‘Winter blues’ real for those at risk for depression
With daylight saving time in place and winter weather coming in, some area citizens might begin to suffer from a type of major depression brought on by changes in season. Those suffering from major depressive episodes that regularly occur seasonally can be diagnosed with a major depressive disorder with a seasonal specifier, according to Collin Bohlke, outpatient therapist at Seasons Center.
“With major depressive disorder with the specifier of a seasonal piece, what we’re looking at is that you’re meeting the full criteria for a major depressive disorder or episode, but only within the changing of those seasons — so when we go into fall and winter,” Bohlke said. “That has to happen, and it has to happen within a two-year period. So you have the shifts, within a two-year period, and when it gets to the nicer times, like spring or summer, then the depression remits or goes away.”
Whether specified as seasonal or not, Bohlke said depression is a serious issue facing Americans today, and shared the signs that an individual or a loved one is suffering from depression.
“For symptoms of depression, we’re looking at the feeling of depression most of the day, everyday,” Bohlke said. “We’re looking at issues with sleep, whether that be a lot of sleep or not enough sleep at all, pretty much sleep problems (in general). Low energy and fatigue, feelings of hopelessness and worthlessness, loss in interest and pleasure in things that you used to like to do, experiencing changes in your appetite and/or your weight; issues with concentration, and if you are having thoughts or feelings of wanting to kill or hurt yourself, those are more immediate things. If you have any thoughts or feelings about that and you’re serious, go to your hospital or ER.”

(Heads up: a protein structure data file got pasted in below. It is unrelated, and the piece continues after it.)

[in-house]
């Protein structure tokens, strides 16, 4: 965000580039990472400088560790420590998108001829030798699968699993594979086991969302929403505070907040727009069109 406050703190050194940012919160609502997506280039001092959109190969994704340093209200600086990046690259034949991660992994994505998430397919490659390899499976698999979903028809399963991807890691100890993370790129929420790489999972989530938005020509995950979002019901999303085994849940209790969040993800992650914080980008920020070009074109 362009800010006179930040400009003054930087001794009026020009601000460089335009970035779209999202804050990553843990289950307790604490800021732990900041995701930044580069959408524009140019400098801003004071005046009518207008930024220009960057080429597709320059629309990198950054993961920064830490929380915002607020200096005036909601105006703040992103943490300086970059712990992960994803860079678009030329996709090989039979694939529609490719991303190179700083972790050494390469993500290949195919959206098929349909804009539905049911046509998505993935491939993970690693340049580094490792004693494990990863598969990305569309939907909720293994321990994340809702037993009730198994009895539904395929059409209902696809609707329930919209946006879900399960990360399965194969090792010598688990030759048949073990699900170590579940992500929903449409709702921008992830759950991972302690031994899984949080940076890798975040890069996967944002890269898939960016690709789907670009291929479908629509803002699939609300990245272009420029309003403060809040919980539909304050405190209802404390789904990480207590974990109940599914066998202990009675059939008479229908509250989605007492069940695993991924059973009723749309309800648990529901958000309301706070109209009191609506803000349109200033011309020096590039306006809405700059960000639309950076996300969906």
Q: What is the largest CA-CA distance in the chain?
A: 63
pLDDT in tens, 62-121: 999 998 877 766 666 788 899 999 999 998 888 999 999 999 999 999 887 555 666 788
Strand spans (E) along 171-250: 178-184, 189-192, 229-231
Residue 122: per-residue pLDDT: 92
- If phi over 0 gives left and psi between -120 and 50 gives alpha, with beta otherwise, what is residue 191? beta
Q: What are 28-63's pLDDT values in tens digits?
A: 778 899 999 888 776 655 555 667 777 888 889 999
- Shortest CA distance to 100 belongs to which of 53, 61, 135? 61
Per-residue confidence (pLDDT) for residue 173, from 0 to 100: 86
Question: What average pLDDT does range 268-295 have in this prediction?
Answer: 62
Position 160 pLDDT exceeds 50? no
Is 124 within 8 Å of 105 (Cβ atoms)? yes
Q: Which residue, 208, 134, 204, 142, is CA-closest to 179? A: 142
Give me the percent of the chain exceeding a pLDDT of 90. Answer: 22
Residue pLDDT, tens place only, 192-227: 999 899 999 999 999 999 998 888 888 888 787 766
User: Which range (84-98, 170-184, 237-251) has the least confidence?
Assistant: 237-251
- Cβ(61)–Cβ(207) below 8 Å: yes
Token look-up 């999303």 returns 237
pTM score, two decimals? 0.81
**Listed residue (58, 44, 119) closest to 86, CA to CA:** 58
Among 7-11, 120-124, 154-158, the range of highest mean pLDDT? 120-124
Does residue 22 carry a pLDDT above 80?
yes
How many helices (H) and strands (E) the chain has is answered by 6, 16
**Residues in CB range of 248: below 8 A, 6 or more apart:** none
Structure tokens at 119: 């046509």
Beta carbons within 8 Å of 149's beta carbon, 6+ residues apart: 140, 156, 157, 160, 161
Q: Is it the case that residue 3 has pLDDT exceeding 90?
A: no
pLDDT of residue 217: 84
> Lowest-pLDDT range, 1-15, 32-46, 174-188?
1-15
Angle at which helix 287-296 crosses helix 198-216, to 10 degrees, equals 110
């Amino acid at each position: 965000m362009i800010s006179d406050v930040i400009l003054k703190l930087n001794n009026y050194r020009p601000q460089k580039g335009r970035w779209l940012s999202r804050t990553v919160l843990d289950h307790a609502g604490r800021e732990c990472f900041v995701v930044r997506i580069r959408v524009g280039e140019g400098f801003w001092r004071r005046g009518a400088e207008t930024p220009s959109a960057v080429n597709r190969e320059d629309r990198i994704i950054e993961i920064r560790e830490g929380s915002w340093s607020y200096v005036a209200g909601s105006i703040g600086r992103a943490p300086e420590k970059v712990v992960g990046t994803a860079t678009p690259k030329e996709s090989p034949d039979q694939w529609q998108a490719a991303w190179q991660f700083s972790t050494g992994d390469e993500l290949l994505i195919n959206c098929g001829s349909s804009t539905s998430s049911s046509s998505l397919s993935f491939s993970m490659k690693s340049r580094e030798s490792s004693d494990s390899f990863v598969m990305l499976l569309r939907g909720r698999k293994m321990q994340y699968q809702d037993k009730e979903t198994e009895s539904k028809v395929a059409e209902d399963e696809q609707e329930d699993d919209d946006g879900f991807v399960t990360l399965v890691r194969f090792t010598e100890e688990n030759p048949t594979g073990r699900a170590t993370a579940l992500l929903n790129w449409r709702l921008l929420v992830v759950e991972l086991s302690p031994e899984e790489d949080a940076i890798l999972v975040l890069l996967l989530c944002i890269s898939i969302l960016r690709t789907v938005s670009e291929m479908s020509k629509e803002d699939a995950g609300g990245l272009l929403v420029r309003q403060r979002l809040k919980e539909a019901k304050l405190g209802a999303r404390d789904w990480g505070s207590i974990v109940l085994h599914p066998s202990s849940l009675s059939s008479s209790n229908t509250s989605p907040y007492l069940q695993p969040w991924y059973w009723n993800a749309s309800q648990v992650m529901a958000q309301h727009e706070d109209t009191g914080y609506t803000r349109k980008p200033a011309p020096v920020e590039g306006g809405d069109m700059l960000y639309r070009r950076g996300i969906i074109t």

Bohlke said depression and anxiety are two health issues Americans commonly suffer today.
“Statistically, depression and anxiety are the most common health issues that we face in our nation,” Bohlke said. “Do I (personally) see depression and anxiety a lot? Yeah, absolutely.”
He continued, “It’s hard when you suffer from mental illness because most of the time no one can see that. You’re fighting your own internal battle, and that’s difficult.”
Bohlke suggested that recently there has been an increase in those suffering from depression seeking medical and professional help, and that someone who thinks they may be suffering from depression, whether seasonal or otherwise, should start a dialog with their doctor.
“If you’re suffering from depression, I think a conversation with your doctor is good,” Bohlke said.
Those experiencing suicidal thoughts or actions should call the Seasons Center Crisis Line (available seven days a week, 24/7 toll free) at 800-242-5101, option 8, or contact local emergency services at 911.